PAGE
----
yoga teacher training

The Unusual Marriage of Ashtanga and Yin Yoga

Ashtanga and Yin Yoga are kind of like that unlikely couple that somehow matches perfectly…

Ashtanga, the bold and unrelenting practice that pushes every button, resembles the masculine force that pervades this universe like the blazing Sun. On the other hand, his opposite, Yin yoga, portraits the softness like blankets of pancakes on a lazy Sunday-oozing with sweetness, and from time to time- a guilty pleasure. How these two seemingly opposite styles of yoga like two lonesome puzzle pieces from a ten thousand piece puzzle find their way to each other is beyond me.

I found my way to Yin yoga about five years ago, when I was then a disciplined (and at times rigid) Ashtanga yogini. Back in those days, which seem like forever ago, I would get up at the crack of dawn, roll out my mat and begin the primary series. I found comfort in the rhythmic Ujjayi breath, which if unbeknown to you, is the notorious breathing that resembles almost too closely to the voice of Anakin Skywalker-aka Darth Vader. That soft, ocean-like breath gave me the beat and focus I desperately needed to complete my practice. And so it went, this dawn cracking, fire burning, and sweat dripping ritual carried on for about eight months before I stumbled upon Yin yoga.

My encounter with Yin yoga was very much like meeting that perfect man at a speed-dating event- I can’t remember how I got myself there, but surely I’m glad I did. From the outside, Yin yoga exudes this seductive softness that enwraps my tender hamstrings from doing too many forward folds (if you practice Ashtanga, you would nod sympathetically in agreement). As I yield myself into a gentle Caterpillar, I learn to let go of my limited beliefs, anger, anxiety, and muscular co-contraction. A complete opposite to any dynamic yoga styles, Yin yoga requires you to relax in a seated pose and allow gravity to release the body’s fascia and muscles. Like any worthy suitor, it is the charisma and depth of one’s character that takes the relationship to a whole different level. Albeit the ostensibly warm and benevolent Yin façade, let not be fooled by her alter ego which I’d dare say is like a Scorpion woman taking you into her mysterious world filled with complex thoughts and allures. At times, these long-held Yin poses are my haven to escape from worldly chaos; yet these very same poses could also make me agonize over everything from the class playlist to my childhood trauma. Oh! That alluring Scorpion Yin.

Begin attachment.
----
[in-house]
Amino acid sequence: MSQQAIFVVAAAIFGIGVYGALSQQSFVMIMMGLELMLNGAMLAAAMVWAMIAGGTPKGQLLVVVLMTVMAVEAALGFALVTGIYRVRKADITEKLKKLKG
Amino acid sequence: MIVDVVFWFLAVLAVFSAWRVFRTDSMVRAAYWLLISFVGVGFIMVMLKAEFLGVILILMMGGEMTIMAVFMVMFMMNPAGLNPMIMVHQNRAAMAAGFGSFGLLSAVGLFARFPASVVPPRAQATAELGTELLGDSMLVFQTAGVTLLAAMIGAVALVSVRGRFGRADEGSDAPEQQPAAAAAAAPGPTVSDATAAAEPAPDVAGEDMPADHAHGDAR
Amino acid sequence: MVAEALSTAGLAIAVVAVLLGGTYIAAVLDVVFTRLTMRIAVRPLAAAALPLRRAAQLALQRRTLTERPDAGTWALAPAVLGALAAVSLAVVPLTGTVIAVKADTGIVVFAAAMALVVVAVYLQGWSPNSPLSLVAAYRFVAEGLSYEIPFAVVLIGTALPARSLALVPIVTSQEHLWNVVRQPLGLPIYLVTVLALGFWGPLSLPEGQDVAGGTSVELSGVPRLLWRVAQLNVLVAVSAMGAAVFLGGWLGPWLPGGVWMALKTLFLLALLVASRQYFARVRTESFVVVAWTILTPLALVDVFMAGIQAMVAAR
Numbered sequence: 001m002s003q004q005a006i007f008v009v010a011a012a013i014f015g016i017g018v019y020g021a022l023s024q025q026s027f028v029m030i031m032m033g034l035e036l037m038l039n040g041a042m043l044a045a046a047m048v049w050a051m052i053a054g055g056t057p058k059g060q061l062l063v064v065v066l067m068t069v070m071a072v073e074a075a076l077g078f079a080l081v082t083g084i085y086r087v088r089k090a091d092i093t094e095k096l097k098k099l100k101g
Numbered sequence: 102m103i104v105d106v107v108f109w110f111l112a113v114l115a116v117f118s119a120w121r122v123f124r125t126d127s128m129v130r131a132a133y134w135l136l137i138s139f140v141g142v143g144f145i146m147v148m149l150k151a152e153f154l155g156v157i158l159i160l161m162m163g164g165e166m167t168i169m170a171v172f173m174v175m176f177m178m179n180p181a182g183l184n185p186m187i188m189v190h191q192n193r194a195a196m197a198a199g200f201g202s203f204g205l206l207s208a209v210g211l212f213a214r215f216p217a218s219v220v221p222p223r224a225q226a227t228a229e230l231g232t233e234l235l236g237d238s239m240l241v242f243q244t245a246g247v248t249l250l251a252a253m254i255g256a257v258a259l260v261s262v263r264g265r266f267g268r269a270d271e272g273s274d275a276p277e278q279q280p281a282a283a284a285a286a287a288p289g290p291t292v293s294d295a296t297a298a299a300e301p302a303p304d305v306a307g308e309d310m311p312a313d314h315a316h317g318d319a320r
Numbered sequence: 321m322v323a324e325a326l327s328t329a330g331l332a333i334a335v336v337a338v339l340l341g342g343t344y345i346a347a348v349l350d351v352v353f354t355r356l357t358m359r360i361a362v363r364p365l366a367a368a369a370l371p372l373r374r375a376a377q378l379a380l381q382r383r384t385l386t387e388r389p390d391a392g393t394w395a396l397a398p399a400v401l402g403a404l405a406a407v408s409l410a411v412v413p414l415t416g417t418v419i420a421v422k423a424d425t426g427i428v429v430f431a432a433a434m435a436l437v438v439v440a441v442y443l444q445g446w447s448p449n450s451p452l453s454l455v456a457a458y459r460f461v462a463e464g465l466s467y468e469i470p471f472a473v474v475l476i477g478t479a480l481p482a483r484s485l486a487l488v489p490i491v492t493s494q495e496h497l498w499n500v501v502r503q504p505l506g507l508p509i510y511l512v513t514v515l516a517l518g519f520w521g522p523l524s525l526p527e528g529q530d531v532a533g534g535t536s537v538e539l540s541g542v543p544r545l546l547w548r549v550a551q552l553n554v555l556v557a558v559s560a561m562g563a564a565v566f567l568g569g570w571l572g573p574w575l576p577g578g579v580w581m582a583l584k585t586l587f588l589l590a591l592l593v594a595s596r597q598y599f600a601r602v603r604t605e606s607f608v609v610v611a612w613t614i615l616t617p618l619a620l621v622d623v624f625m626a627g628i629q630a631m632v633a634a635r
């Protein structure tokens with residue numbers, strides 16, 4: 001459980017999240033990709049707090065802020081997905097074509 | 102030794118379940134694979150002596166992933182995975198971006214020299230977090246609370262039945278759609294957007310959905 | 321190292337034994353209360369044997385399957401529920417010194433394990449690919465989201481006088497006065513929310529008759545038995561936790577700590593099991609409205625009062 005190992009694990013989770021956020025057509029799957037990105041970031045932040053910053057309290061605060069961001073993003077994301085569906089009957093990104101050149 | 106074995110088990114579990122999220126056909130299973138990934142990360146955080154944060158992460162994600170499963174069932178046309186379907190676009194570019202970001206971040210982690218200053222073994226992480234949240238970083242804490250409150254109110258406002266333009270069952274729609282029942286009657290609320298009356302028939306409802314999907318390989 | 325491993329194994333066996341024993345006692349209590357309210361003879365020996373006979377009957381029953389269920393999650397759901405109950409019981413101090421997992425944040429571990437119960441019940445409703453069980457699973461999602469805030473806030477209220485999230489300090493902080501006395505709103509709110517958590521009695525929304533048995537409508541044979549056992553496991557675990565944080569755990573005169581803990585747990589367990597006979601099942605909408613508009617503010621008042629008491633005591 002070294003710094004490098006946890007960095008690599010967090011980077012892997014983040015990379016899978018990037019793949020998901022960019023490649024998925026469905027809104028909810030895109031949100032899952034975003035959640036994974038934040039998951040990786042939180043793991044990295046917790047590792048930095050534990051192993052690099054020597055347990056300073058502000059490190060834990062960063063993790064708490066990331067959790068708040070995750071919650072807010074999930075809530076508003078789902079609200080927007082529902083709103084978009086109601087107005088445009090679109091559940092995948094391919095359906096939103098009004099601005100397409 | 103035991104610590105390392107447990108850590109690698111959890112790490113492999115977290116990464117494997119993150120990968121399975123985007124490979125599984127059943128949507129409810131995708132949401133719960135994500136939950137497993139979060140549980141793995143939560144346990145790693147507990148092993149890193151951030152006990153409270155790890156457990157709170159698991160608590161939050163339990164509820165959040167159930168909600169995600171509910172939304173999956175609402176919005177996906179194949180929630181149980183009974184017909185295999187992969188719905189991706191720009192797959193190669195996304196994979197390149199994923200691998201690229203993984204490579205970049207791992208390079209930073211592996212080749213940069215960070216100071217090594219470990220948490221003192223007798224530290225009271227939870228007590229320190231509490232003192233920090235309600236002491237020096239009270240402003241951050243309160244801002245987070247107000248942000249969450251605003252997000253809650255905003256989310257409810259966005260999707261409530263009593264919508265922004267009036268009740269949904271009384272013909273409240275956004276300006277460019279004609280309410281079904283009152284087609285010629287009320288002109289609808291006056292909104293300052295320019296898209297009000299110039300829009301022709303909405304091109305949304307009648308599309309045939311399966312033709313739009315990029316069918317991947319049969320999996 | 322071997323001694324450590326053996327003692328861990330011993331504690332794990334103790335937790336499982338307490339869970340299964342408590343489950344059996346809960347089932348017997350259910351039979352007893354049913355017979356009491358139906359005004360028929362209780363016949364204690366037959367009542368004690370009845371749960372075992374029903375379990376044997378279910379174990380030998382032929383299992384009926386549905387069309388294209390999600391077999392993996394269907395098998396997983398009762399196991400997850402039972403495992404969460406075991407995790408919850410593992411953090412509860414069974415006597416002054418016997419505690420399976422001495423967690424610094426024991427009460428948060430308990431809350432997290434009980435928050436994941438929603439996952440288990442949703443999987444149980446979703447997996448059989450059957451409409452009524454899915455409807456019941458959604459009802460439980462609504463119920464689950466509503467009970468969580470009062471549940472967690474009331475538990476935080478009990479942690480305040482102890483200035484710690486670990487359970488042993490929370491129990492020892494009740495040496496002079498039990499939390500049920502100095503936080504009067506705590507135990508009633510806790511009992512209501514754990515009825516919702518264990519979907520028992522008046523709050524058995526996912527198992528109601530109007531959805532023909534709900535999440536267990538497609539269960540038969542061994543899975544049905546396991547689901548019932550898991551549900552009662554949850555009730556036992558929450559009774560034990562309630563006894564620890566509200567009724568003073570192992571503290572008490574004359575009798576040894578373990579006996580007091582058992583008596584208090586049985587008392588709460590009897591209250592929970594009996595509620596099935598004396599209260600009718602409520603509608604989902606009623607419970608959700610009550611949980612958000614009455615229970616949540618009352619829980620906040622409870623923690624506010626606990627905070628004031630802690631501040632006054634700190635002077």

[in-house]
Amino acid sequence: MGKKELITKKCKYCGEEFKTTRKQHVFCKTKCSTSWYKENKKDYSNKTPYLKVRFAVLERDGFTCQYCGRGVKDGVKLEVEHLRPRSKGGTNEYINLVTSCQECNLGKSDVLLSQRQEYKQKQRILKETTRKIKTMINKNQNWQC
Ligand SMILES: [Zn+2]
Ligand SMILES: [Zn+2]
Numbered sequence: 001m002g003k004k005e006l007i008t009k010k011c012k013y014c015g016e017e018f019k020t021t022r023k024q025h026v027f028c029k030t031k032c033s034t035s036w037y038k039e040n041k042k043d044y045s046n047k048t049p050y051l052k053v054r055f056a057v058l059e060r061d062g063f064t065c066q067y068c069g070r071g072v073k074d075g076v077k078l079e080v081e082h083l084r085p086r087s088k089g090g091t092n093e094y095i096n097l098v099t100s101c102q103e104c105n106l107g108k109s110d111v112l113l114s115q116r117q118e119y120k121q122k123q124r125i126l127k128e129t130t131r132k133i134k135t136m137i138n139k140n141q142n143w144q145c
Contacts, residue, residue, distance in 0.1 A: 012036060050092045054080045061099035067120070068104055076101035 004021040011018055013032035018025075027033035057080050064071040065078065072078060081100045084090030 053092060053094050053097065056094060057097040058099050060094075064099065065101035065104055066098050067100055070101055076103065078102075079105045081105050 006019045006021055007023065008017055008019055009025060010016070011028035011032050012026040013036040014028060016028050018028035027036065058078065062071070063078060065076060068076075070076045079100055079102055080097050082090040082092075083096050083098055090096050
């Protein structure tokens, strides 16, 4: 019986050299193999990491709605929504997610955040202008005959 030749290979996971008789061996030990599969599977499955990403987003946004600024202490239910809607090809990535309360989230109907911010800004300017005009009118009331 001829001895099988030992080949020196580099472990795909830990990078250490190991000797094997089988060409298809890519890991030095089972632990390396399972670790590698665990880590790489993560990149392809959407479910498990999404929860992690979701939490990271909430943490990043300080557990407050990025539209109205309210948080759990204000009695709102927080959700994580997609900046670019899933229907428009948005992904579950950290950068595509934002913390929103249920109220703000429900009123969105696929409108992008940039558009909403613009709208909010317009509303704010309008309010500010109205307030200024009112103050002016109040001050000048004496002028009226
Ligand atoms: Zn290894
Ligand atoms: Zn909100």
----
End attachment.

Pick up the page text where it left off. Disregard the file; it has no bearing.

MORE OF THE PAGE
“Embrace contradictions for they make up all of life:
You will eternally be looking for yourself and seeking ways to lose yourself.”
― Kamand Kojouri

Every day when I practiced Ashtanga, I curated different ways to find myself again and again. Finding strength and courage in the most unusual places of the mind, I’d push through fatigue, laziness, weakness, and tears. Having developed a love-hate relationship with Ashtanga, even now I reminisce those moments of epiphany when I’d catch glimpses of my rawness during practice. Courage, ambitions, and strength, Ashtanga is my passage to willpower and empowerment.

But life is never a one-way street.

Yin yoga is the catnip and kryptonite to my Ashtanga Ego. How I would crave this mellow practice to soothe my bruised body, Yin had me crumbling in tears and trembling in the sea of vulnerability. Confronting my past hurts, remorse, sorrows, and guilt, I must find bravery in my dismal heart to stay in the pose or with my feelings. Stripped bare of longings, fears, and pretense, Yin yoga is my passage to humility.

So here we have it, this obscured couple serendipitously finding their way to each other. As I sit back and imagine the wedding of Ashtanga and Yin yoga, how they’d humbly exchange vows to promise to be each other’s lover, companion, and friend; comrades in adventures, allies in conflict; to be each other’s fans even in the toughest adversity, consolations in disappointment, and forever student and teacher of the other.

Somehow, somewhere, in this most outlandish imagination, I pronounce Ashtanga and Yin yoga married partners.

About Annie

Avatar E-RYT 500, Writer

Annie is the lead trainer of the Yin Yang Yoga Teacher Training at All Yoga. She is also the creator of the Soulful Yin Yoga Method, the only teacher training that specializes in the emotional side of yin yoga and Chinese meridians. Annie embarked on her spiritual journey over 10 years ago. Struggled with anxiety most of her adult life, Annie was tired of living life in chronic fear & despair, she searched for ways to reclaim her happiness. In the last decade, Annie traveled around the world leading yoga teacher trainings while exploring her own spiritual path.

From studying Taoism and Chinese meridians, Anne recognizes the intrinsic connection between our body and emotions. If our physical health declines, it directly affects our mood and therefore affects how we make choices in life. This finding has propelled Annie to create a course that helps others to connect with their emotions so that they can cultivate balances in life.

Applying the decade of experiences and knowledge Annie has acquired, her signature Soulful Yin Yoga Method is designed to help others become a master of their own emotions so that they can be in tune with their truest selves.

Annie holds a Bachelor Degree in Human Kinetics from the University of British Columbia. She is trained in Functional Range Conditioning (FRC) and specializes in yoga anatomy. Annie’s approachable teaching method helps students understand their body and practice more intelligently.

Currently, Annie lives in Sri Lanka with her husband and travels to Thailand several times per year leading 200hr Yin Yang Yoga Teacher Trainings.

For free yin yoga, Chinese meridians, and emotional healing tips, follow her on Instagram here.

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